It has been nearly 15 years since 2001 up to now. The 15 years are the age of Iran’s nuclear program case.
Before going international, the Iranian nuclear program up to September 2003 was an International Atomic Energy Agency’s (IAEA) case, and it was negotiated with the head of the IAEA. Up to that time, the Western propaganda which was based on the false reports and allegations of the Mojahedin-e Khalgh Organization (MKO), a terrorist group working against Tehran’s interests, was not given much attention and caring inside Iran. But Western pressures and majorly the US’ have yielded results, leading to publishing the IAEA’s report in May 2003 on the Islamic Republic’s nuclear program, and finally adopting the first resolution against the program by the Board of Governors of the IAEA in August the same year. It was after these events that Tehran made Supreme National Security Council responsible for following the case as a transorganizational institution. Since then, Iran’s nuclear program has experienced four distinctive stages.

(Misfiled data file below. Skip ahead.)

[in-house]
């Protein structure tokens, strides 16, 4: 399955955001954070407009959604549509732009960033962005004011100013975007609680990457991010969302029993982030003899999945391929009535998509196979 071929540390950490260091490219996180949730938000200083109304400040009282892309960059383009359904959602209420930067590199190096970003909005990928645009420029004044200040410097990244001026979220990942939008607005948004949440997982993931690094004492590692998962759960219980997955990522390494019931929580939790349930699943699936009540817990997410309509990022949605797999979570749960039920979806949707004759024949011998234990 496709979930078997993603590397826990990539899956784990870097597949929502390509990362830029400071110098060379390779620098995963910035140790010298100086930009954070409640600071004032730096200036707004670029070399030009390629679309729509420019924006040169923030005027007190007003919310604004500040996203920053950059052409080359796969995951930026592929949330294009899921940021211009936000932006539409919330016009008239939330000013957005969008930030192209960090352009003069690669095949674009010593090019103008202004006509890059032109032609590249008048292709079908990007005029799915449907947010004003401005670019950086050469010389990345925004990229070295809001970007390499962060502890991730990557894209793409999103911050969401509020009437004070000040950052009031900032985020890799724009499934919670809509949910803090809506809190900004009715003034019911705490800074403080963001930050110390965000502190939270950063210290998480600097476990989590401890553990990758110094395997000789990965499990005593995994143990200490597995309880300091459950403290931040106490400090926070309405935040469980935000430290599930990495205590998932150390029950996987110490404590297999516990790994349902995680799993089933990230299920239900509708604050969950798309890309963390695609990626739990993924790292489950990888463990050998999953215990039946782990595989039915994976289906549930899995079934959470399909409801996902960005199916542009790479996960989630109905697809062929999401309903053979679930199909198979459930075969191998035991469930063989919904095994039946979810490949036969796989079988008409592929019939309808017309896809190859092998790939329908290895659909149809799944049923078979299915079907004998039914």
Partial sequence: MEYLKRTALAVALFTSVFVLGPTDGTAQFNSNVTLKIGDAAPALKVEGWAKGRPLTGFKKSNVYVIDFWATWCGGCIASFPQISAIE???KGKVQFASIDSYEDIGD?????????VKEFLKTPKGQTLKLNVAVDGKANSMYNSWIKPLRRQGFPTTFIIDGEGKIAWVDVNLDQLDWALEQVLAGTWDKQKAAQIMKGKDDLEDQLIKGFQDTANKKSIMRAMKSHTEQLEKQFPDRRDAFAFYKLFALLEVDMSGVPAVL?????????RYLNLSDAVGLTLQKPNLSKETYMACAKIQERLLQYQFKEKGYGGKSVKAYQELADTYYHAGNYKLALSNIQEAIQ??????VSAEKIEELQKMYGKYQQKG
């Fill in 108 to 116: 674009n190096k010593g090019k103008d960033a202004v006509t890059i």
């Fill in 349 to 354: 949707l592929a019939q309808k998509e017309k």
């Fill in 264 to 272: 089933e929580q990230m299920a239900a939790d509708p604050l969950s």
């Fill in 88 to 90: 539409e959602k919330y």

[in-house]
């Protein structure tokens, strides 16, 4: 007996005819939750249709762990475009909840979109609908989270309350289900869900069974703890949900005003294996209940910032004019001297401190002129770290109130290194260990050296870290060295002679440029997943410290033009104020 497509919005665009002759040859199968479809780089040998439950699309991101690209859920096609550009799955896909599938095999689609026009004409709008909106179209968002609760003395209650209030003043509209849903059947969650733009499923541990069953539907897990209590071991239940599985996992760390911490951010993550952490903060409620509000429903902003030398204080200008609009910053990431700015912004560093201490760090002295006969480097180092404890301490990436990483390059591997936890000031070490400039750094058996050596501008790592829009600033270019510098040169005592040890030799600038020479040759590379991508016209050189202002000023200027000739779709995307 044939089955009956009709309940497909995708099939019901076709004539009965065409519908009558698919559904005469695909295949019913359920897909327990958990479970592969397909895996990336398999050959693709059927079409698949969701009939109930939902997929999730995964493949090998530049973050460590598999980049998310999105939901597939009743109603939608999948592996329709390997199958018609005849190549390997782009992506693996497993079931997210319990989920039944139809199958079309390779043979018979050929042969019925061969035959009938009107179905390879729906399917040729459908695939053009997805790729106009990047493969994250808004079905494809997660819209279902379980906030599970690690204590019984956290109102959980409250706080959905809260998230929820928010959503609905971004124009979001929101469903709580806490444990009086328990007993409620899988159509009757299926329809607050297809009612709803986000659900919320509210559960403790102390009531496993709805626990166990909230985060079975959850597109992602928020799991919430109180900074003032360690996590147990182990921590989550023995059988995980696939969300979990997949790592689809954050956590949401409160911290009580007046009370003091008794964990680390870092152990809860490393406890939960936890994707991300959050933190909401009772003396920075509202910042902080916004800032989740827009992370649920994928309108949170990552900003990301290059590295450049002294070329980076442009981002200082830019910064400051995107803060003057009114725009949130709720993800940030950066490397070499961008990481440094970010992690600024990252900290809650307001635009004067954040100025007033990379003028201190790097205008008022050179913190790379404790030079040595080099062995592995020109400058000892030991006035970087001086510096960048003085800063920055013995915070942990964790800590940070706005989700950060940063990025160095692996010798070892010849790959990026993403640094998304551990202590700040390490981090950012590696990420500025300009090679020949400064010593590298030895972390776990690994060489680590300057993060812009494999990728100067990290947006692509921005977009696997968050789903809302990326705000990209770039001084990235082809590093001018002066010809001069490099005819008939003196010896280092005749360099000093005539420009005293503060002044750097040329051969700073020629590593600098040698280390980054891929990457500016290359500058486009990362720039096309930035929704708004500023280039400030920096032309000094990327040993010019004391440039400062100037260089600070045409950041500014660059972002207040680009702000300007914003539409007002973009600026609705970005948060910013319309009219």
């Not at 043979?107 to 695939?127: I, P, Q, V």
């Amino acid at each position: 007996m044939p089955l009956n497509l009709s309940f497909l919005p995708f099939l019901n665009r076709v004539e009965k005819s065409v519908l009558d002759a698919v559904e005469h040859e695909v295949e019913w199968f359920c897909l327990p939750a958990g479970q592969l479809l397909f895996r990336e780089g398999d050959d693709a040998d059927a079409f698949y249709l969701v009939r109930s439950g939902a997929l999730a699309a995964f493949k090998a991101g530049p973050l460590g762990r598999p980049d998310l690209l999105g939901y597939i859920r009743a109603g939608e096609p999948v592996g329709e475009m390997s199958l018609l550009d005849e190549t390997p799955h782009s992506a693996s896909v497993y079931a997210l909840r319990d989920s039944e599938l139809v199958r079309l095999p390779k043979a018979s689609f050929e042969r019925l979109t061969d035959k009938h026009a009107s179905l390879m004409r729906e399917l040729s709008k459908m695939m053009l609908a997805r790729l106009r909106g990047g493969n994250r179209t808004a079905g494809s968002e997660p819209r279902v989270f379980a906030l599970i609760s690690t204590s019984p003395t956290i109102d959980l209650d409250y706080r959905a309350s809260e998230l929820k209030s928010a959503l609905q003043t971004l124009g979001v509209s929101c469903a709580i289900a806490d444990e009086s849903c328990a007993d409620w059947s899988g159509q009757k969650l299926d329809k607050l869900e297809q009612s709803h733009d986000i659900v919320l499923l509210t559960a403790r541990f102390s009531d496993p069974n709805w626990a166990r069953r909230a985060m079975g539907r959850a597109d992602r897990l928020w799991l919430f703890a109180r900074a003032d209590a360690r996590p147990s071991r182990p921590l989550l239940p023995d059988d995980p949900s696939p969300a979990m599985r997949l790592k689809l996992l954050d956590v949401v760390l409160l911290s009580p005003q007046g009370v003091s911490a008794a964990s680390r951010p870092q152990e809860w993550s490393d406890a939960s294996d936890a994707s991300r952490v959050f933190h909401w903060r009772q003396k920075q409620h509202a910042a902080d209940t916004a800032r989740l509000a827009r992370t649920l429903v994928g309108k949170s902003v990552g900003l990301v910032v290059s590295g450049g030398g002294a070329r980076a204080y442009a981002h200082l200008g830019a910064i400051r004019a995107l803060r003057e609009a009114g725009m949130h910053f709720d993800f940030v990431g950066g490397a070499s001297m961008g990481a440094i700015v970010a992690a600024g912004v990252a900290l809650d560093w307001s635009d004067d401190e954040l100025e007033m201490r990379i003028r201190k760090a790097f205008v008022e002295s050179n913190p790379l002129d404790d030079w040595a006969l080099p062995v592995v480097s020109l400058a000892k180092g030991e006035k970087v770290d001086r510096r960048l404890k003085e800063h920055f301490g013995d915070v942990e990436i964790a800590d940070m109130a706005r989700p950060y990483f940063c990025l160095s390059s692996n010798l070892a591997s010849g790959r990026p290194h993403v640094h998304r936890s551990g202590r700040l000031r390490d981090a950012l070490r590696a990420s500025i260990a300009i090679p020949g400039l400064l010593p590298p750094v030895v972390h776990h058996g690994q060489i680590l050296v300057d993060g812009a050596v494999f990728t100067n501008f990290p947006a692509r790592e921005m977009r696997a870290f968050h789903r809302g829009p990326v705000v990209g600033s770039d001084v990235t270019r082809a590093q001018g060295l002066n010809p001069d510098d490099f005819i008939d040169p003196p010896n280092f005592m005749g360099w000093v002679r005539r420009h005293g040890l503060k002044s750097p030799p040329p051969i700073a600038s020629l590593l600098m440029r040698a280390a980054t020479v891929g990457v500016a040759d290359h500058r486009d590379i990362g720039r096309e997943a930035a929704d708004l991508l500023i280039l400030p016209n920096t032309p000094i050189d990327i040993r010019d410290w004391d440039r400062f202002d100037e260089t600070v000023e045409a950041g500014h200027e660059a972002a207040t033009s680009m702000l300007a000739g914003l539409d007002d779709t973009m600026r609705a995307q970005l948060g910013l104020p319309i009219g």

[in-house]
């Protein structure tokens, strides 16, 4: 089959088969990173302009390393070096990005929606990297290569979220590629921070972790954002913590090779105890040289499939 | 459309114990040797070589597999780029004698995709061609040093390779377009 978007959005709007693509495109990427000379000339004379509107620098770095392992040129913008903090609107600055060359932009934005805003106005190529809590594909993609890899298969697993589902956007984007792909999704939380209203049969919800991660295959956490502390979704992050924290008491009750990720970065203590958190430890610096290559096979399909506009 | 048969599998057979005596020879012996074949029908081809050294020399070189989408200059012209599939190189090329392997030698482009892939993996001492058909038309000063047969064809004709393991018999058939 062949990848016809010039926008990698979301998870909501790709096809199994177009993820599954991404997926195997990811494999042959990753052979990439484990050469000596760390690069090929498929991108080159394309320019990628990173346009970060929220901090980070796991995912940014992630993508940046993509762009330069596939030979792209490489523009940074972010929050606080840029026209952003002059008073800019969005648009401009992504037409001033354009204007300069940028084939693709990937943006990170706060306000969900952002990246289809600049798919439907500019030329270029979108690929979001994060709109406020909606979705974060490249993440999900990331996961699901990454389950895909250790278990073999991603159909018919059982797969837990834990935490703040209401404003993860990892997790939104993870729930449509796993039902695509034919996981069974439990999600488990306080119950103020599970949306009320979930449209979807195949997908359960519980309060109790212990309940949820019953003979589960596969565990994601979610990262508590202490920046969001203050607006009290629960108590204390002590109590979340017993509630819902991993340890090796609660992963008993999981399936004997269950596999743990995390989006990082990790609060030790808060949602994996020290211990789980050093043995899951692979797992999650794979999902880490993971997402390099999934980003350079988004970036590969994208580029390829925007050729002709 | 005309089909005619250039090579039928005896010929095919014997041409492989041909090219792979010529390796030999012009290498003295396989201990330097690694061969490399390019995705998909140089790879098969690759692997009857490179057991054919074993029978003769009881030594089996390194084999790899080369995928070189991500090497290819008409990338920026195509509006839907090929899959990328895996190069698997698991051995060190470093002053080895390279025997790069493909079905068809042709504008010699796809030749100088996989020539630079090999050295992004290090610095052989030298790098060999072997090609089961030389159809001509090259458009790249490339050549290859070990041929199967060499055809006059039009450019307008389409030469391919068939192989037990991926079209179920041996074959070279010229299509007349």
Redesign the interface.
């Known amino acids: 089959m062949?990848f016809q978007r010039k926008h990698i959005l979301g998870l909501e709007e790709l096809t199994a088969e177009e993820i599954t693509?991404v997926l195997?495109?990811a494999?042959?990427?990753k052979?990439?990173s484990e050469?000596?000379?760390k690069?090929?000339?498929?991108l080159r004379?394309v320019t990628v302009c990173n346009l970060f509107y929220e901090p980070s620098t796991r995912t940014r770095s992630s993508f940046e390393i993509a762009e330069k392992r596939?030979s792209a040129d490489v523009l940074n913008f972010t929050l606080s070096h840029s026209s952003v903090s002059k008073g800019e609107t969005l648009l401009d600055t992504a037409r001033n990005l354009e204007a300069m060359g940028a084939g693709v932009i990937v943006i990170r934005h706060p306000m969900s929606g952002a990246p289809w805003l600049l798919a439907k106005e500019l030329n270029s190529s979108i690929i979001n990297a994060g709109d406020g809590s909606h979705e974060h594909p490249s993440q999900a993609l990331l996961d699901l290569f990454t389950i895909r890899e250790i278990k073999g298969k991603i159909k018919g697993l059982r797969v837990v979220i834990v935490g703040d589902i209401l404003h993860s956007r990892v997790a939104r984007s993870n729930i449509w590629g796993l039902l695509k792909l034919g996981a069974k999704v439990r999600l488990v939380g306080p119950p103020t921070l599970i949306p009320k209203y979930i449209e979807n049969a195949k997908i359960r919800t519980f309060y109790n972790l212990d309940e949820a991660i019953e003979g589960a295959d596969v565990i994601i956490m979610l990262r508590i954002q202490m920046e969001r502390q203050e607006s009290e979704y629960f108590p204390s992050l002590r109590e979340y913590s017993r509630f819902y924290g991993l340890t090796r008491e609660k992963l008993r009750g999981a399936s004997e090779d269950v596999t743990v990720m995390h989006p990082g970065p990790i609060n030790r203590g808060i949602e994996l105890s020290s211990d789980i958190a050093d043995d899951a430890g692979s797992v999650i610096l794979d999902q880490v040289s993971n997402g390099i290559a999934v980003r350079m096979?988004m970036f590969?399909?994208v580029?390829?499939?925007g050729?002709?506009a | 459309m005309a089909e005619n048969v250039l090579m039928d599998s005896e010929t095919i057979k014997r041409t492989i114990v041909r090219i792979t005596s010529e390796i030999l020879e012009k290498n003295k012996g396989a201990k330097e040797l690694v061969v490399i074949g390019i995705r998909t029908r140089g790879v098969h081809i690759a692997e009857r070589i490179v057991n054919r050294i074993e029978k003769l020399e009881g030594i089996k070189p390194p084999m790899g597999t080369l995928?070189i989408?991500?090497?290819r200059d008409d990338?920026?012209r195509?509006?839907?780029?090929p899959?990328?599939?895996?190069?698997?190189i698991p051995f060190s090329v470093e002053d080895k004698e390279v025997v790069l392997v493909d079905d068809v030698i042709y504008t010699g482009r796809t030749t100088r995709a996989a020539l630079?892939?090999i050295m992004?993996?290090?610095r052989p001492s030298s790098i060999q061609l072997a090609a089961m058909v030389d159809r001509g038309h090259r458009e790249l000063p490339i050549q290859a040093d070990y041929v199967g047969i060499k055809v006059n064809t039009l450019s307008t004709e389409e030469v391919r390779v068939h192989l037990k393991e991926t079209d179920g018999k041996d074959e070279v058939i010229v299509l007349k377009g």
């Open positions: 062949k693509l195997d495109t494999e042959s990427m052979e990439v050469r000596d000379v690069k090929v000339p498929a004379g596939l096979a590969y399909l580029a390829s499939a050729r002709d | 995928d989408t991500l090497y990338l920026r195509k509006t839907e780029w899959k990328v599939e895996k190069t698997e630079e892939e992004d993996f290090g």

1. During the first stage, starting from October 6, 2003, through August 15, 2005, Hassan Rouhani, then Secretary of Supreme National Security Council was in charge of the nuclear case. During his 22-month tenure, Rouhani majorly focused on efforts for the nuclear case not to be referred to the UN Security Council, and steering clear of military confrontation with the US. In this stage, the IAEA, the European countries, and Russia demanded that Iran signs the NPT Additional Protocol which grants the IAEA complementary legal authority to verify a state’s safeguards obligations, and suspends its uranium enrichment program. These demands were made while Washington mainly aimed at fully closing down the Islamic Republic’s nuclear facilities. As time went by Iran decided to negotiate the sticking points with the three European countries of Britain, France, and Germany. During the period three rounds of negotiations were held in Tehran’s Sa’dabad Complex on October 21, 2003, in Brussels on February 23, 2004, and in Paris on November 15, 2004, between the sides. Agreements were reached, taking their names from the places of the negotiations. According to the deals, Tehran voluntarily and as a trust-making step signed the Additional Protocol, and at the same time suspended for a certain time its uranium enrichment. This move faced serious criticism at home as the country was bracing for its ninth presidential election, as new parliament was elected, and following the Paris Agreement. The current speaker of Iran’s parliament Ali Larijani at that time said that Iran was given nothing in return for its big step of enrichment suspension, standing as a voice of critics of Rouhani-led negotiation team.